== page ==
One of the hard realities of the war's aftermath was learning that their house, along with most other homes, businesses, and public buildings in Yokohama did not survive the fire bombing. "In one way, I suppose we were lucky that we were not allowed to stay." says Apcar, recalling the horrible destruction of the once beautiful city.

show route and directions
A markerYokohama, Japan -
Yokohama, Kanagawa Prefecture, Japan
[get directions]

B markerKaruizawa, Japan -
Karuizawa, Kitasaku District, Nagano Prefecture, Japan
[get directions]

C markerHiroshima, Japan -
Hiroshima Prefecture, Japan
[get directions]

Author, Lucille Apcar with a piece of silver that belonged to her beloved grandmother.
Author, Lucille Apcar with a piece of silver that belonged to her beloved grandmother. | Source

A New Country

The Apcar family eventually came to the U.S. and settled in the San Francisco Bay area. Apcar and a friend formed a tour and travel agency. She spent 35 years guiding tours throughout the U.S. and Asia. Her personal travels covered most of the rest of the world, as well.

She became familiar with the Sierra foothills while escorting tours to Yosemite. She liked the area so much, she bought a home where she is active in a local garden club and keeps up with community affairs in the small town where she lives.

Getting involved in a local freelance writers group, she found great encouragement to complete her unique memior. The group members were amazed at Apcar's ability to to recall details of the devastation that her family lived through, and said the group found her story to be both unique and captivating.

She has also published an earlier book transcribed from her grandmother's manuscripts. It is a collection of short stories from the Armenian culture.

Apcar describes herself as "a tough, opinionated old dame, somewhat crabby at times," though her elegant manner and genuine laugh seem to belie that image. She is not shy about expressing ideas that come from experience.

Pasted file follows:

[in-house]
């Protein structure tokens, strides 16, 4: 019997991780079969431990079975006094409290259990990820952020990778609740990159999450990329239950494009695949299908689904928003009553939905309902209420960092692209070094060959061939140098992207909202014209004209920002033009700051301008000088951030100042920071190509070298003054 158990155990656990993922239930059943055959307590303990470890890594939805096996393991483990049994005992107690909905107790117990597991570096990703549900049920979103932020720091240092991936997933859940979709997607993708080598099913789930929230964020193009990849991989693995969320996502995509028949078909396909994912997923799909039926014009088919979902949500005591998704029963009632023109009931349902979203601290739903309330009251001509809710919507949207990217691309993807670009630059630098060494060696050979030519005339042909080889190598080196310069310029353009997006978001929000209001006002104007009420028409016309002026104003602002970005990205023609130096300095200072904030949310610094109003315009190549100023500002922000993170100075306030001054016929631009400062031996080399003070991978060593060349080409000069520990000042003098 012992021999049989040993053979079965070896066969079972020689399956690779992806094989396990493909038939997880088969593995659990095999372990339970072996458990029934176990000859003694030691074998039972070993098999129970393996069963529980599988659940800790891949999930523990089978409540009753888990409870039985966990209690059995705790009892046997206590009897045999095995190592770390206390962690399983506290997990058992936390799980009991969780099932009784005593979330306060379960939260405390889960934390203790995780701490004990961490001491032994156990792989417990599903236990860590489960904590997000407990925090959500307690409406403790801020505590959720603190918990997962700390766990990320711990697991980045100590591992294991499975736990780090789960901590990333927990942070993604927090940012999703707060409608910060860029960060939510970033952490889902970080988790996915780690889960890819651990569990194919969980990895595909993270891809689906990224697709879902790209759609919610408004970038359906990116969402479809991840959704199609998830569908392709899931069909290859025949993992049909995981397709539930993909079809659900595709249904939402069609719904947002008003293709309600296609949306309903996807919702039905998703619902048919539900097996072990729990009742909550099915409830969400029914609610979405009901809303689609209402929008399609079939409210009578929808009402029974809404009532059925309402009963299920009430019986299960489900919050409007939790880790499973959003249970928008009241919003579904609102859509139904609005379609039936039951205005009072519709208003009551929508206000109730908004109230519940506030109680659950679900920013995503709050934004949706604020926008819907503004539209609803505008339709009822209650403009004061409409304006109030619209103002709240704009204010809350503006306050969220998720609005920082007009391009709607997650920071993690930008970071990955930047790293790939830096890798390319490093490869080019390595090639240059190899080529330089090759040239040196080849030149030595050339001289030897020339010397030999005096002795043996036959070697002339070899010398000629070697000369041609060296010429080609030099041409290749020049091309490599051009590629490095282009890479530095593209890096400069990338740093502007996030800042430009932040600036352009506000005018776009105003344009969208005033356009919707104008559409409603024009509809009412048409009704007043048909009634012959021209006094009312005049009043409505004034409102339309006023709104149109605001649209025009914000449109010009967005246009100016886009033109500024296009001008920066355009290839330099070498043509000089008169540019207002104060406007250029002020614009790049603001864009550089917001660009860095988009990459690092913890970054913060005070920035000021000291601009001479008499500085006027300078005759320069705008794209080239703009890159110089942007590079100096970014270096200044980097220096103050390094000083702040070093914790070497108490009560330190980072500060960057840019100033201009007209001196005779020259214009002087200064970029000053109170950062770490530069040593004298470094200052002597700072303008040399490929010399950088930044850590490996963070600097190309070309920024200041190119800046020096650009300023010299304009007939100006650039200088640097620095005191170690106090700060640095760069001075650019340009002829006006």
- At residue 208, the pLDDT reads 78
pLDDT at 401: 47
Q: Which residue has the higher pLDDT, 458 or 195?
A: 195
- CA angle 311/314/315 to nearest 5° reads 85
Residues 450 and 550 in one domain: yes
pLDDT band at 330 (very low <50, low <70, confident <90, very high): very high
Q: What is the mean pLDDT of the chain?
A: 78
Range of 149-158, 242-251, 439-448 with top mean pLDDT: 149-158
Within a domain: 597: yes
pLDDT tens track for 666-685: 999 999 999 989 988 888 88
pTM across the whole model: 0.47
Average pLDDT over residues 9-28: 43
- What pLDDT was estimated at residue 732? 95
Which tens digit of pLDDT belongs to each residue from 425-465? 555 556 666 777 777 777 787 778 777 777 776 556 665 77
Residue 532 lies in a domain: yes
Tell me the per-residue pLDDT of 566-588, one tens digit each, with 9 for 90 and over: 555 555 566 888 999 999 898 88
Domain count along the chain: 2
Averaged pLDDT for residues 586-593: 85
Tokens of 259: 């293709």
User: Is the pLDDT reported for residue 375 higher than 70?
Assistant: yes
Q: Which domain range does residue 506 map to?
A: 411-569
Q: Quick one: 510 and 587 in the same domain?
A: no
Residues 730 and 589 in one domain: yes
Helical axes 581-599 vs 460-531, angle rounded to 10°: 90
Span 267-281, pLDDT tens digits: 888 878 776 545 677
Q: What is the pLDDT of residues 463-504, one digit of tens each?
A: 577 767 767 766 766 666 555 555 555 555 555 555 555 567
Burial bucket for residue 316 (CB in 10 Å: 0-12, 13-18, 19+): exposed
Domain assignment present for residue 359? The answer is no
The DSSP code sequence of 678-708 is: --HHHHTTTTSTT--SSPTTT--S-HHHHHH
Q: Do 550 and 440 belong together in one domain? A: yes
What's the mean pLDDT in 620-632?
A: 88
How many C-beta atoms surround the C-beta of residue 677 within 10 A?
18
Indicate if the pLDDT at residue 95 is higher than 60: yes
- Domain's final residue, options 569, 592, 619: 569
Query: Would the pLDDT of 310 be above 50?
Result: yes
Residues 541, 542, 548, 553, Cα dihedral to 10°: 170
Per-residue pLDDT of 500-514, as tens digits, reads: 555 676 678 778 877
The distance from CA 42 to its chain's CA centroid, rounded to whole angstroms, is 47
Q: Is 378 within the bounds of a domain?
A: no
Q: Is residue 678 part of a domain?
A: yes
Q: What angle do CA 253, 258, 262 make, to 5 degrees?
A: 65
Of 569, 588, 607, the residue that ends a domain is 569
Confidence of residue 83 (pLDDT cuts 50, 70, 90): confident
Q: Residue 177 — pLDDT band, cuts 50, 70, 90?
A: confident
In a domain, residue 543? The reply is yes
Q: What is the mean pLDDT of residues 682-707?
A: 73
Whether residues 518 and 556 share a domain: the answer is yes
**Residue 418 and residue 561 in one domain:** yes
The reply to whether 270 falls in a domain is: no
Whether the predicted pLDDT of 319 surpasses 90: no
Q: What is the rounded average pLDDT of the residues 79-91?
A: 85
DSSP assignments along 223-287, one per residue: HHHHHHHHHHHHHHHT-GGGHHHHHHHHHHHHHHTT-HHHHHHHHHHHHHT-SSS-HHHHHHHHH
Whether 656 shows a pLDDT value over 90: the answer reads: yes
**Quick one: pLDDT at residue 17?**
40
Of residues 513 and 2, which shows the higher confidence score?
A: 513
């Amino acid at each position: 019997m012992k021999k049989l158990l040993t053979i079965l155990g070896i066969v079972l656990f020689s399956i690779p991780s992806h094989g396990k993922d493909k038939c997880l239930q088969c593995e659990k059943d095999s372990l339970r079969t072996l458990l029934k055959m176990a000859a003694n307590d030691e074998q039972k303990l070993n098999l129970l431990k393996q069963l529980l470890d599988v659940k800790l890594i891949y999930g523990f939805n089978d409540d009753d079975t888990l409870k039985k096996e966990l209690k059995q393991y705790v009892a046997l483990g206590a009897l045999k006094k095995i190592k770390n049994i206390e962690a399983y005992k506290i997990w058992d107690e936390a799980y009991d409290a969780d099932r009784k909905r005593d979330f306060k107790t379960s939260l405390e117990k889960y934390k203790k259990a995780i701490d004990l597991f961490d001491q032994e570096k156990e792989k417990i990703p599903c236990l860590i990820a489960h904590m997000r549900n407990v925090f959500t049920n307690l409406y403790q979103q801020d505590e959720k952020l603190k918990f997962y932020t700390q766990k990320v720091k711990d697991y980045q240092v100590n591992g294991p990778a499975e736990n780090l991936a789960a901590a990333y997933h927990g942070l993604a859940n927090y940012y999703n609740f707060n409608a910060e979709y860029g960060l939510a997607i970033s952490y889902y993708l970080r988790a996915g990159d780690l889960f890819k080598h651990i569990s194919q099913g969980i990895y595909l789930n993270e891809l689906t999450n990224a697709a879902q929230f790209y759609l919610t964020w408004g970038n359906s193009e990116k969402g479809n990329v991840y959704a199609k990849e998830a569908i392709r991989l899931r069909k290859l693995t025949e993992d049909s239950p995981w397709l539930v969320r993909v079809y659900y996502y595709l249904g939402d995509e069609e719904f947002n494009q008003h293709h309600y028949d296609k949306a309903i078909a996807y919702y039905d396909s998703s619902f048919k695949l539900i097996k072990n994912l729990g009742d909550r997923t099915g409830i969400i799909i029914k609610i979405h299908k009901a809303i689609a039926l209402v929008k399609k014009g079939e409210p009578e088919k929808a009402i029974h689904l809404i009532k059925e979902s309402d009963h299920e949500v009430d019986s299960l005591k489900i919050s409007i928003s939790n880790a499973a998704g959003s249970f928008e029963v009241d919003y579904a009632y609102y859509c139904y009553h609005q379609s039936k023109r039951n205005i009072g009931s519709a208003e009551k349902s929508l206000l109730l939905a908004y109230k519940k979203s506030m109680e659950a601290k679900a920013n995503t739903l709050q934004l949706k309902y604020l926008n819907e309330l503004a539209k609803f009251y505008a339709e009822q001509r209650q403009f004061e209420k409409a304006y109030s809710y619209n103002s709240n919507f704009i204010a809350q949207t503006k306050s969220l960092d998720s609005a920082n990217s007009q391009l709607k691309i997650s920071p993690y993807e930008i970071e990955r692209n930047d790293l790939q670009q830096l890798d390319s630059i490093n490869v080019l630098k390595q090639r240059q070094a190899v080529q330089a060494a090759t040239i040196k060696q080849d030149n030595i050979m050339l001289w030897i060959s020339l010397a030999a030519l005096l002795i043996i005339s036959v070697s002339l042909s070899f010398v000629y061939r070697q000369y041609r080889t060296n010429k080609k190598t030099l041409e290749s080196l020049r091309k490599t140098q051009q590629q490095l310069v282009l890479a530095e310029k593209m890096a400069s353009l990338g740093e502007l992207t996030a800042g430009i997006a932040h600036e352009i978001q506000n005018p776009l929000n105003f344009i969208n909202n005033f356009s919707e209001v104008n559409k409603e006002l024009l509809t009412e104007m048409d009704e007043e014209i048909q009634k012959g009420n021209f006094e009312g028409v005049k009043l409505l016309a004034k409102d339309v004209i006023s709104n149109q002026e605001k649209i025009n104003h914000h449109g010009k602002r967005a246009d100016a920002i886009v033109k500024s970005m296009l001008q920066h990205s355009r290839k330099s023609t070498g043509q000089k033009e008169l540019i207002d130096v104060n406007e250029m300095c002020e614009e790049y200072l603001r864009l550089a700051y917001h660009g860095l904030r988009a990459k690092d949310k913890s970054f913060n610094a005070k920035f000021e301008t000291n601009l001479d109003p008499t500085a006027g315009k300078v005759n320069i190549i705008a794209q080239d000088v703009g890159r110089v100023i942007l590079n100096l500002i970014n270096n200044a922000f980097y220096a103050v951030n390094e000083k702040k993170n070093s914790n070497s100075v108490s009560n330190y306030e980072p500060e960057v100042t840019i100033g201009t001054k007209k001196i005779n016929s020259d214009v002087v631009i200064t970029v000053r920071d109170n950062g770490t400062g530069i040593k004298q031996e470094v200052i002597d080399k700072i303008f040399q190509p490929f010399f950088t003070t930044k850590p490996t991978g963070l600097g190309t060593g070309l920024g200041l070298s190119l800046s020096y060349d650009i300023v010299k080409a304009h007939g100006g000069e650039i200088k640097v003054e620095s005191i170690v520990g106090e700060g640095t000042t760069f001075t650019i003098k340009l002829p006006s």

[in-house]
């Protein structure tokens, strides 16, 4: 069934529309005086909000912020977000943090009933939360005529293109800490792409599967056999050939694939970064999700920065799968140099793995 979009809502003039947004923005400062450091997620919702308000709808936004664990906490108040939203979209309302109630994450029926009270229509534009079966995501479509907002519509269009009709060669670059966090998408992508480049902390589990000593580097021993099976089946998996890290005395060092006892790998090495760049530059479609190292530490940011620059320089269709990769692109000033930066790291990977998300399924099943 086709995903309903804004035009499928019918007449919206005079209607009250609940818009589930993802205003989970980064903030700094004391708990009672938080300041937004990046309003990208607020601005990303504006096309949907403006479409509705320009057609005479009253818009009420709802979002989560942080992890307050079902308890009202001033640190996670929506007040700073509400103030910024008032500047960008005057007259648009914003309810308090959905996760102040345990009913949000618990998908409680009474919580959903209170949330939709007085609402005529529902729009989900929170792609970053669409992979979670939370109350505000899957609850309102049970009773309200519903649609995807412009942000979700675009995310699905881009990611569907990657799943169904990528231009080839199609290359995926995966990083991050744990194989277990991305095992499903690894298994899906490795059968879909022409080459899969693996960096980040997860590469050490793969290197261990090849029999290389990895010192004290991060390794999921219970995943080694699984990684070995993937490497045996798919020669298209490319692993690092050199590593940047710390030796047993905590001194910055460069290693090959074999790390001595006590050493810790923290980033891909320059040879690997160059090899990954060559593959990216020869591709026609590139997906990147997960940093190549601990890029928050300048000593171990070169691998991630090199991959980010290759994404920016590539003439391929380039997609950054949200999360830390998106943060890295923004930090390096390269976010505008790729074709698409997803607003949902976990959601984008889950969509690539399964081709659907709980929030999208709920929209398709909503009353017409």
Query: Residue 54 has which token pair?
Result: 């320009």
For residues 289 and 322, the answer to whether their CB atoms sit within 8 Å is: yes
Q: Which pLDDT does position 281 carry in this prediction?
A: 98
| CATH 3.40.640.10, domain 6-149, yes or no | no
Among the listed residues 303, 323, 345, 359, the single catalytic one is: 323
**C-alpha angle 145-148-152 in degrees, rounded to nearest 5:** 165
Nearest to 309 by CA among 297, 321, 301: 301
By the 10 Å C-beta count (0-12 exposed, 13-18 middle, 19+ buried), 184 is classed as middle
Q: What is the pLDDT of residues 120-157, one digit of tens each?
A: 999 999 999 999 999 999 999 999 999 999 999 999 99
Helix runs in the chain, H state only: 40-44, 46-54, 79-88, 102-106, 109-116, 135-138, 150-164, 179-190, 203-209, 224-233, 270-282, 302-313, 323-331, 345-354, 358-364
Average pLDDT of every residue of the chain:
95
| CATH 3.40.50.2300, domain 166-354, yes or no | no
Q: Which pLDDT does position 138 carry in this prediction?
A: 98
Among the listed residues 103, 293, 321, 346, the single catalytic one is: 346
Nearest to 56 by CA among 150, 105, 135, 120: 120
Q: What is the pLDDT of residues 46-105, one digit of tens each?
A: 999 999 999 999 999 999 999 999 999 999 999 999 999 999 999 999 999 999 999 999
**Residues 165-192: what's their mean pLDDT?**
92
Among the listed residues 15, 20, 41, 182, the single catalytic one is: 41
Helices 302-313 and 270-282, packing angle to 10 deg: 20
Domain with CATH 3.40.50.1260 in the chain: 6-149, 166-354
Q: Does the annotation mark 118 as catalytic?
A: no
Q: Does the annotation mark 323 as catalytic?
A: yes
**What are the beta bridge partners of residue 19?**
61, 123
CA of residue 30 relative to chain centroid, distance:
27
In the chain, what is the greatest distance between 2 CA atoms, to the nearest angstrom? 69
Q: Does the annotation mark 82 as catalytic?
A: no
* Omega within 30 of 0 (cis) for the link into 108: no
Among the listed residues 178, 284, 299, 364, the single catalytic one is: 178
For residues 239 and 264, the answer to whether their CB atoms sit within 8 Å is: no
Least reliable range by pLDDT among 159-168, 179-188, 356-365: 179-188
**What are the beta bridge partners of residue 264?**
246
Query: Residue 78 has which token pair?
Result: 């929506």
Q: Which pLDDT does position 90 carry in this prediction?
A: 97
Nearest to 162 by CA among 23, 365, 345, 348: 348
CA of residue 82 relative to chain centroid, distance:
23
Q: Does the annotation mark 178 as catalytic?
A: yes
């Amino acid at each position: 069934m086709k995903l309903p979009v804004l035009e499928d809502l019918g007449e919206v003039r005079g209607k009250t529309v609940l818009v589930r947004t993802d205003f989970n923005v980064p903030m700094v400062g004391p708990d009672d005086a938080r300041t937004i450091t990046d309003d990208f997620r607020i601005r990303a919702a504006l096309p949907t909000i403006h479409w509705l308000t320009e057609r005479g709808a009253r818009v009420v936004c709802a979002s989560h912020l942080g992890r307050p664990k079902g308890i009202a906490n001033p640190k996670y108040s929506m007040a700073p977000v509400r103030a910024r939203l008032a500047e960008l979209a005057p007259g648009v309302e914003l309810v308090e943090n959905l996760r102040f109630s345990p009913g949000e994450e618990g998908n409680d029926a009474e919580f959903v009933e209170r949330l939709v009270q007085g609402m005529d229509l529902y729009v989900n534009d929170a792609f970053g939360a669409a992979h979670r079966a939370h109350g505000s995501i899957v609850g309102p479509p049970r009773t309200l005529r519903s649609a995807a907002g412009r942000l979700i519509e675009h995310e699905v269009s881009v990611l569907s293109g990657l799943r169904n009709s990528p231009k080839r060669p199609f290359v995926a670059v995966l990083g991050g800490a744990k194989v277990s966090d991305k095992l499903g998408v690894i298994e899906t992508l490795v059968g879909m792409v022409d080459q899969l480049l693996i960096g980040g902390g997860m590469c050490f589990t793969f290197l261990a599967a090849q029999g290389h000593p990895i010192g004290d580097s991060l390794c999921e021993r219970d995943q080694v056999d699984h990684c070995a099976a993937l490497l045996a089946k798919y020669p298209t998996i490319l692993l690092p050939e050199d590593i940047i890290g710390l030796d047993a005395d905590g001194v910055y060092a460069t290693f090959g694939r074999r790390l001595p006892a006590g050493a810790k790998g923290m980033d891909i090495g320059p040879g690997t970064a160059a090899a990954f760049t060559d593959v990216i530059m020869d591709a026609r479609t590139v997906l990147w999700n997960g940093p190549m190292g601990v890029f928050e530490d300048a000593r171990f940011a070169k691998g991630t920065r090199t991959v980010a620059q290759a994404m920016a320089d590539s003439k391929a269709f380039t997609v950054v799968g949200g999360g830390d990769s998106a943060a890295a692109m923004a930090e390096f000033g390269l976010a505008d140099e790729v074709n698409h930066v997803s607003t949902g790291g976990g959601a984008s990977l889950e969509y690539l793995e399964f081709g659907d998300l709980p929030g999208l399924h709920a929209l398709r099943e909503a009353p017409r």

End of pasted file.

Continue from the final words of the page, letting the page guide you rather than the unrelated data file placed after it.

While she has several fond recollections of her early years, Apcar says it was hard to revisit the horrible experiences her family survived during World War II.


"The thought that going to war is a glorious ideal, is wrong . It's mean and cruel, disrupting homes and lives." she says, "Most people have no idea what war is, it is no fun. The people who suffer most are NOT the ones who deserve it."

She speaks with the conviction of someone who has been there.

More by this Author


31 comments

drbj profile image

drbj 5 years ago from south Florida

Ms. Apcar describes a fascinating, revealing picture of her life in Japan during World War II. She was fortunate to survive considering the deprivations she and her family endured. And you, Rochelle, wrote a fascinating, revealing review of her book. Thank you. Voted up.


prasetio30 profile image

prasetio30 5 years ago from malang-indonesia

Wow....this was great history, a piece from the world war II. I learning many things from this hub. This happened close to Indonesian independence day in August 1945. You have done a great job here. Thanks for share with us. Rated up!

Prasetio


Rochelle Frank profile image

Rochelle Frank 5 years ago from California Gold Country Author

Thank you, drbj. I thought it interesting that we hear a lot about Japanese internment camps in the US during WW2. They were not pleasant, but I had never heard about people being detained in Japan.